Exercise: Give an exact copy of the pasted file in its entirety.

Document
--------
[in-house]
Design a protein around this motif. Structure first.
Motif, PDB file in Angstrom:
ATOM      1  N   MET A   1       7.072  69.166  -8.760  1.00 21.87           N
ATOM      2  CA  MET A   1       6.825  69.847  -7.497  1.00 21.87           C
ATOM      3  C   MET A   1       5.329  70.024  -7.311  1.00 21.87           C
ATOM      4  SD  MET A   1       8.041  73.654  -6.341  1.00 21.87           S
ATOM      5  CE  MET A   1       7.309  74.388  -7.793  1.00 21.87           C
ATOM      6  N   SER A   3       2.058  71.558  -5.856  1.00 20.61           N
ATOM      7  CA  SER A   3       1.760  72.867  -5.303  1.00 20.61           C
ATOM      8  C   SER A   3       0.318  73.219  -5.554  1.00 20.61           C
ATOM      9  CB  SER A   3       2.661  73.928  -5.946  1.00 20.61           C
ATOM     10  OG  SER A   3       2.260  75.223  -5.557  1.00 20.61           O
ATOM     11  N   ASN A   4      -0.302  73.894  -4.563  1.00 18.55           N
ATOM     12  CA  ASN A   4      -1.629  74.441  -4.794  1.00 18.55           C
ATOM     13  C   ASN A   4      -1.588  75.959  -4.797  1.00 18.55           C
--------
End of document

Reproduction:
[in-house]
Design a protein around this motif. Structure first.
Motif, PDB file in Angstrom:
ATOM      1  N   MET A   1       7.072  69.166  -8.760  1.00 21.87           N
ATOM      2  CA  MET A   1       6.825  69.847  -7.497  1.00 21.87           C
ATOM      3  C   MET A   1       5.329  70.024  -7.311  1.00 21.87           C
ATOM      4  SD  MET A   1       8.041  73.654  -6.341  1.00 21.87           S
ATOM      5  CE  MET A   1       7.309  74.388  -7.793  1.00 21.87           C
ATOM      6  N   SER A   3       2.058  71.558  -5.856  1.00 20.61           N
ATOM      7  CA  SER A   3       1.760  72.867  -5.303  1.00 20.61           C
ATOM      8  C   SER A   3       0.318  73.219  -5.554  1.00 20.61           C
ATOM      9  CB  SER A   3       2.661  73.928  -5.946  1.00 20.61           C
ATOM     10  OG  SER A   3       2.260  75.223  -5.557  1.00 20.61           O
ATOM     11  N   ASN A   4      -0.302  73.894  -4.563  1.00 18.55           N
ATOM     12  CA  ASN A   4      -1.629  74.441  -4.794  1.00 18.55           C
ATOM     13  C   ASN A   4      -1.588  75.959  -4.797  1.00 18.55           C